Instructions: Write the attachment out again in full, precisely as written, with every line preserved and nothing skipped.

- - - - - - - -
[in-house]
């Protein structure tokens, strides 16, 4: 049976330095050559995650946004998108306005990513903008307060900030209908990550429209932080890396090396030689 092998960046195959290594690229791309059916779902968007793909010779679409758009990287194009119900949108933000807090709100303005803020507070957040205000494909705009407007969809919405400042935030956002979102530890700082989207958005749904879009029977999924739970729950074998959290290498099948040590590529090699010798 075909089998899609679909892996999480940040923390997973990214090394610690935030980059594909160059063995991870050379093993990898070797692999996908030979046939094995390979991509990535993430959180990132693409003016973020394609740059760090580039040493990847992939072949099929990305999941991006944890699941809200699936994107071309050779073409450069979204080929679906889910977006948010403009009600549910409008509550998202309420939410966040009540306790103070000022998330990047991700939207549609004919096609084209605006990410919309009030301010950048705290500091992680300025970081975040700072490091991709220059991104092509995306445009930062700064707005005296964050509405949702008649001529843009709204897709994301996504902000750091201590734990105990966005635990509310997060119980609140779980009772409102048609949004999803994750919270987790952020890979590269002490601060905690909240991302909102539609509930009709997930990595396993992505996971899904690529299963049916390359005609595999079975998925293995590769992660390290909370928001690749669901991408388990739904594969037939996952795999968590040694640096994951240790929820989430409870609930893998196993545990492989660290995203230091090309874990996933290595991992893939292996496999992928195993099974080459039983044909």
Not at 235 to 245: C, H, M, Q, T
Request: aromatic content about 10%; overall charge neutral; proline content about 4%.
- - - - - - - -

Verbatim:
[in-house]
């Protein structure tokens, strides 16, 4: 049976330095050559995650946004998108306005990513903008307060900030209908990550429209932080890396090396030689 092998960046195959290594690229791309059916779902968007793909010779679409758009990287194009119900949108933000807090709100303005803020507070957040205000494909705009407007969809919405400042935030956002979102530890700082989207958005749904879009029977999924739970729950074998959290290498099948040590590529090699010798 075909089998899609679909892996999480940040923390997973990214090394610690935030980059594909160059063995991870050379093993990898070797692999996908030979046939094995390979991509990535993430959180990132693409003016973020394609740059760090580039040493990847992939072949099929990305999941991006944890699941809200699936994107071309050779073409450069979204080929679906889910977006948010403009009600549910409008509550998202309420939410966040009540306790103070000022998330990047991700939207549609004919096609084209605006990410919309009030301010950048705290500091992680300025970081975040700072490091991709220059991104092509995306445009930062700064707005005296964050509405949702008649001529843009709204897709994301996504902000750091201590734990105990966005635990509310997060119980609140779980009772409102048609949004999803994750919270987790952020890979590269002490601060905690909240991302909102539609509930009709997930990595396993992505996971899904690529299963049916390359005609595999079975998925293995590769992660390290909370928001690749669901991408388990739904594969037939996952795999968590040694640096994951240790929820989430409870609930893998196993545990492989660290995203230091090309874990996933290595991992893939292996496999992928195993099974080459039983044909």
Not at 235 to 245: C, H, M, Q, T
Request: aromatic content about 10%; overall charge neutral; proline content about 4%.